Hearing Loss is No Laughing Matter

Hearing loss is a condition that is commonly trivialized and overlooked by younger and middle-aged Canadians. People often underestimate the devastation that disabling hearing loss can bring to one’s life.

One of the main impacts of hearing loss is on the human’s ability to communicate with others. Human-to-human communication is critical for an individual’s social and emotional health. Being unable to communicate with others may result in feelings of anger and frustration, which can lead to feelings of aloneness and depression – especially among older individuals. These negative emotions can push away family members, friends, and co-workers and can cause people to feel further isolated.

An individual’s inability to communicate can affect learning and even employability. A younger adult with mild to severe hearing loss may have less success in the classroom. Even more, an adult with hearing loss may have more trouble in the workplace because of his/her inability to effectively participate in meetings or conferences.

If hearing loss can alter an individual’s social, emotional, psychological, and even financial health – why do we not treat hearing loss with greater concern?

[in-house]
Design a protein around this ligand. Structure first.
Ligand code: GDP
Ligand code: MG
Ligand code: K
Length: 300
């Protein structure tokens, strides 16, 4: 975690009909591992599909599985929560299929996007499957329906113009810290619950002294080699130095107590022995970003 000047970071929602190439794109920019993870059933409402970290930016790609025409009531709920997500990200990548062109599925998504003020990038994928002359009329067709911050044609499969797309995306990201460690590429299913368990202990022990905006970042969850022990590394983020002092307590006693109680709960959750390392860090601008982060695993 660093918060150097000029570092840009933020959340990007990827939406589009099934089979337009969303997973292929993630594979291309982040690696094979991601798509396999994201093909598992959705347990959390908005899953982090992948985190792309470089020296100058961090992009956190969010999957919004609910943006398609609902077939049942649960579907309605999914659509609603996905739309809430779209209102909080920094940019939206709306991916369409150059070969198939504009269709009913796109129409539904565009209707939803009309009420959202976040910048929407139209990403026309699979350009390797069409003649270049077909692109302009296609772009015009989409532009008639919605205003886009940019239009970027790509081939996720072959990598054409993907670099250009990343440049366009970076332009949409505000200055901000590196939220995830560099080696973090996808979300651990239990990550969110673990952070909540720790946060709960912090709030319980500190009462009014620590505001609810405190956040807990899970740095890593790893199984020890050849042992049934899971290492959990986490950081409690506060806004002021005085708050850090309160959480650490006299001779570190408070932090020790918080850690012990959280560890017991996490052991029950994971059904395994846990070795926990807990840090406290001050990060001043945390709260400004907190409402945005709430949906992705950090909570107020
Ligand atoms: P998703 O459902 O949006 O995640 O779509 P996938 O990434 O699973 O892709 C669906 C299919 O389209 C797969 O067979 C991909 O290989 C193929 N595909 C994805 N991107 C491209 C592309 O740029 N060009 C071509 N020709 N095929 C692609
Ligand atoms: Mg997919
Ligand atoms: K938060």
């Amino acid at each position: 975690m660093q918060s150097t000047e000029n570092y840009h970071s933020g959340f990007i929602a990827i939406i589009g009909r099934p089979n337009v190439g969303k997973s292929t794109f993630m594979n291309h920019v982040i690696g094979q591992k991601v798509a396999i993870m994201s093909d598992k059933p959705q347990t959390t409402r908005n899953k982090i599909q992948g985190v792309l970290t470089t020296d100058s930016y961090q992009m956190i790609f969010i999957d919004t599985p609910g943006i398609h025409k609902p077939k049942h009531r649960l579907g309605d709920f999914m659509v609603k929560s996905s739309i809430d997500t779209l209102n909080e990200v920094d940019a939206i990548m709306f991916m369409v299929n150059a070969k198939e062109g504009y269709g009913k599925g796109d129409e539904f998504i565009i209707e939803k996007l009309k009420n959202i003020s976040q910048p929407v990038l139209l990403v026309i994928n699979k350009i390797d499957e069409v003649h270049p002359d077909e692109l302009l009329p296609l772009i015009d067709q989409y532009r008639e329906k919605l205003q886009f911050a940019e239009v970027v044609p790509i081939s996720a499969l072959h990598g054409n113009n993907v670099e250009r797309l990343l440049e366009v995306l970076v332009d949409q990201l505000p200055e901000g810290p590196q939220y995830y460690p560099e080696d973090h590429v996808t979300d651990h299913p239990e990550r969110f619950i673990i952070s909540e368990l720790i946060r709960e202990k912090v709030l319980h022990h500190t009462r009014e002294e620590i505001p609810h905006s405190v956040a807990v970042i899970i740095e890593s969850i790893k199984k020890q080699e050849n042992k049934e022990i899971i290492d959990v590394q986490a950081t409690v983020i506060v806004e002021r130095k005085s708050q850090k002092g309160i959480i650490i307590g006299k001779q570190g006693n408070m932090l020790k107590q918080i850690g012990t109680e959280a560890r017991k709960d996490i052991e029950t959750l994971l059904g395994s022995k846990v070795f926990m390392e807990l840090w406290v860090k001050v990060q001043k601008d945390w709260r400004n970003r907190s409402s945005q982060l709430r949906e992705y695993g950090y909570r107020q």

Part of the problem is that hearing loss is invisible and usually takes decades to develop. The effects of hearing loss are not fully realized until it is too late and cannot be reversed. Teenagers and young adults often listen to music at excessively high volumes without concern for the future. Although these volumes may show no immediate harm, they most definitely will down the road.

Our lack of concern for hearing loss also stems from stereotypes associated with people who wear hearing aids. People do not want to feel “old,” so they reject and deny the possibility of their hearing loss – a reaction which only perpetuates the associations between hearing loss and old age.

Hearing loss is a serious health condition that affects numerous aspects of an individual’s life. Hearing loss is nothing to be ashamed of or laughed at.

Sources: who.int, bclocalnews.com